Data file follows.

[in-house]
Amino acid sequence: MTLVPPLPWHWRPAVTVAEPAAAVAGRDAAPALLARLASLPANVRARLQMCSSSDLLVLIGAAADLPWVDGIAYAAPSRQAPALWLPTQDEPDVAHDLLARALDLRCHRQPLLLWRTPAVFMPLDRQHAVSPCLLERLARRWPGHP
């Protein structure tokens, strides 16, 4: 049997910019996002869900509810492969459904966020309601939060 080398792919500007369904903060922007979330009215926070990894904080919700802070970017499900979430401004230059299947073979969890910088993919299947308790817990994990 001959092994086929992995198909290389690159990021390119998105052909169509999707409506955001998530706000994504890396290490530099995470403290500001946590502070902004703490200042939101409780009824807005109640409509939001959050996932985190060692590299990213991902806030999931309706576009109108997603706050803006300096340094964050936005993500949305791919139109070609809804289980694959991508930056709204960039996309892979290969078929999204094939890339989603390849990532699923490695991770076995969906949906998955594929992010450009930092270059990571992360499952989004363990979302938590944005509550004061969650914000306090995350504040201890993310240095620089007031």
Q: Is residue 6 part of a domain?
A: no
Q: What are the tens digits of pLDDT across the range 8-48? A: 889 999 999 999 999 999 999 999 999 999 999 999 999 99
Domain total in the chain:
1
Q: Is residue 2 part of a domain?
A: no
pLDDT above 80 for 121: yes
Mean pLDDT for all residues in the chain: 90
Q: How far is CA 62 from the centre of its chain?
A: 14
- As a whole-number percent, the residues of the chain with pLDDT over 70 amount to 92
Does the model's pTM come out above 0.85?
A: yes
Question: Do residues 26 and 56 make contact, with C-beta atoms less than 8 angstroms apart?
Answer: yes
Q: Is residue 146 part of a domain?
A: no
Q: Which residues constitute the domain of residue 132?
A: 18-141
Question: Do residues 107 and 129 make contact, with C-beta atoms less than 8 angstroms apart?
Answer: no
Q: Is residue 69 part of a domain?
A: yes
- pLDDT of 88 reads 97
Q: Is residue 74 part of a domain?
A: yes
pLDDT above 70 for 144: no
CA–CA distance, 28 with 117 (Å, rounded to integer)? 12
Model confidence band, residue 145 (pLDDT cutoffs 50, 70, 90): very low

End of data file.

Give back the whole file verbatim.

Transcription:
[in-house]
Amino acid sequence: MTLVPPLPWHWRPAVTVAEPAAAVAGRDAAPALLARLASLPANVRARLQMCSSSDLLVLIGAAADLPWVDGIAYAAPSRQAPALWLPTQDEPDVAHDLLARALDLRCHRQPLLLWRTPAVFMPLDRQHAVSPCLLERLARRWPGHP
């Protein structure tokens, strides 16, 4: 049997910019996002869900509810492969459904966020309601939060 080398792919500007369904903060922007979330009215926070990894904080919700802070970017499900979430401004230059299947073979969890910088993919299947308790817990994990 001959092994086929992995198909290389690159990021390119998105052909169509999707409506955001998530706000994504890396290490530099995470403290500001946590502070902004703490200042939101409780009824807005109640409509939001959050996932985190060692590299990213991902806030999931309706576009109108997603706050803006300096340094964050936005993500949305791919139109070609809804289980694959991508930056709204960039996309892979290969078929999204094939890339989603390849990532699923490695991770076995969906949906998955594929992010450009930092270059990571992360499952989004363990979302938590944005509550004061969650914000306090995350504040201890993310240095620089007031």
Q: Is residue 6 part of a domain?
A: no
Q: What are the tens digits of pLDDT across the range 8-48? A: 889 999 999 999 999 999 999 999 999 999 999 999 999 99
Domain total in the chain:
1
Q: Is residue 2 part of a domain?
A: no
pLDDT above 80 for 121: yes
Mean pLDDT for all residues in the chain: 90
Q: How far is CA 62 from the centre of its chain?
A: 14
- As a whole-number percent, the residues of the chain with pLDDT over 70 amount to 92
Does the model's pTM come out above 0.85?
A: yes
Question: Do residues 26 and 56 make contact, with C-beta atoms less than 8 angstroms apart?
Answer: yes
Q: Is residue 146 part of a domain?
A: no
Q: Which residues constitute the domain of residue 132?
A: 18-141
Question: Do residues 107 and 129 make contact, with C-beta atoms less than 8 angstroms apart?
Answer: no
Q: Is residue 69 part of a domain?
A: yes
- pLDDT of 88 reads 97
Q: Is residue 74 part of a domain?
A: yes
pLDDT above 70 for 144: no
CA–CA distance, 28 with 117 (Å, rounded to integer)? 12
Model confidence band, residue 145 (pLDDT cutoffs 50, 70, 90): very low